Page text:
There was art in the 'rawness' of Monkey Magic
With the news of the remake of Monkey (Magic) spreading far and wide, much like Monkey's journeys themselves, I am filled with childlike delight as well as adult dread.
The original series was a 1978-79 Japanese television drama, filmed in China, based on the Chinese novel, Journey to the West, by Wu Cheng'en. They ran 52 episodes and 39 were dubbed into English in 1979.
The remake, The Legend of Monkey, has been announced as a joint Australian and New Zealand television production through Netflix, The ABC and TVNZ.
My brothers and I would sit on the floor in front of our television and consume the original. We would tape it onto VHS and watch it repeatedly. It made us laugh and fantasise. It was completely out of our rural Queensland world and we loved it.
With the new production underway in New Zealand, the show will tell the story of a teen girl and a trio of fallen gods - Monkey, Pigsy and Sandy - as they fight the evil overtaking the world. The cast is a mix of Australian and Kiwi actors.
What made the original series so good was actually how terribly raw it was. The English dubbing and humour hilarious, the fight scenes brilliant, film direction odd, simply strange acting and, of course, the sound effects, which were even more brilliant than all of it.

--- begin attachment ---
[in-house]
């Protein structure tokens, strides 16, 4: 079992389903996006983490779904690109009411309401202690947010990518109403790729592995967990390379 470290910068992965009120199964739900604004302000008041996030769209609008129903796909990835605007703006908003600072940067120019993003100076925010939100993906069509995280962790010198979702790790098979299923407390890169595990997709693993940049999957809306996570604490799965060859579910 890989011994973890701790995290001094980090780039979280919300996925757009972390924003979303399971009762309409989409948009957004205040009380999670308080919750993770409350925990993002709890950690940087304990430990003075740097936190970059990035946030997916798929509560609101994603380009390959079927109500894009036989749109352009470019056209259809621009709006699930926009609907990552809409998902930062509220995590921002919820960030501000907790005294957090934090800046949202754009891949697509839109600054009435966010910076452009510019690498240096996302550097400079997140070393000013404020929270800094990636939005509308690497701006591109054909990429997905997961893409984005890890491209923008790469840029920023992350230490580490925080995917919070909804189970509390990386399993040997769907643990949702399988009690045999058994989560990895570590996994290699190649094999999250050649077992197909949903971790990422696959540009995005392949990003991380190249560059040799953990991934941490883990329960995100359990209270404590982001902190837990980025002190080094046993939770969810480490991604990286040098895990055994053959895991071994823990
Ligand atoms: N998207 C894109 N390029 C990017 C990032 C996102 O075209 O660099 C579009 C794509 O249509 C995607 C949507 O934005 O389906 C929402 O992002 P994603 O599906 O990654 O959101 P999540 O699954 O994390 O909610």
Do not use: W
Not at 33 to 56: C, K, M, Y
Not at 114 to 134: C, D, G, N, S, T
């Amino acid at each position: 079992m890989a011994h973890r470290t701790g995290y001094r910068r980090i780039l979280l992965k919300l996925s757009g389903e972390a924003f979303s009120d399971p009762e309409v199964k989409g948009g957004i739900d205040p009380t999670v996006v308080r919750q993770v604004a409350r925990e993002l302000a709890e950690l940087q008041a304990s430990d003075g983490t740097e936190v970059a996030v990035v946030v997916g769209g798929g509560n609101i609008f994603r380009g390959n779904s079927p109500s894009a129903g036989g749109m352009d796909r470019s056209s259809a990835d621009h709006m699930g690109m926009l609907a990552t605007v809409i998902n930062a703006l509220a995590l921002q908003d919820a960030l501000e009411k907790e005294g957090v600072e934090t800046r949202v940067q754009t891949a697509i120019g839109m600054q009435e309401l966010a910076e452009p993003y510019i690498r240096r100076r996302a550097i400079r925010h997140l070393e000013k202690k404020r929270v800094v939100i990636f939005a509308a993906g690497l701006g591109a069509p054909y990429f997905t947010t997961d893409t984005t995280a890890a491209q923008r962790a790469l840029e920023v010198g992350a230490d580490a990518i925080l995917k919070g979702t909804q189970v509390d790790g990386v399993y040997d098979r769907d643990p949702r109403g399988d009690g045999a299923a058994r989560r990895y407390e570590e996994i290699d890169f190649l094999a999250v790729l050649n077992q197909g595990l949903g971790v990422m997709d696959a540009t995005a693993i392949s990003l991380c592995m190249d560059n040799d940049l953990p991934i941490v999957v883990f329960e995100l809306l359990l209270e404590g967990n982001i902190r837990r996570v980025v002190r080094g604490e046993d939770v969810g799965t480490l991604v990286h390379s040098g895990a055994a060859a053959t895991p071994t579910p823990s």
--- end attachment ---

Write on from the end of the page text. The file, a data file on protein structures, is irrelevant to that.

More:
The opening sequence and song are legendary. There was art in all of that rawness.
Despite it all, the story was believable. As a child, I saw through everything else and got lost in that story.
It was like the original Batman comics, full of unashamed flamboyance, but 70's Japanese/Chinese television. How could you not enjoy that?
My bet is the producers of The Legend of Monkey will try to create something that will fit into today's viewers' tastes. That is understandable, but in my opinion, doing so will do injustice to everything that made Monkey great: that rawness.
With my favourite artists, their early work is representative of a pure idea, but lacks a certain degree of skill. As time goes on, the skill overtakes the idea and that idea fades behind the skill. Eclipsed by it.
I fear the idea of Monkey will be eclipsed by the modern version, which will undoubtedly have a contemporary spit and polish to it - something Monkey certainly did not have.
The new production sounds promising but whether or not the substance, the rawness, is there, we won't know until it airs next year.
I will be watching and I might even gather my brothers for the occasion.
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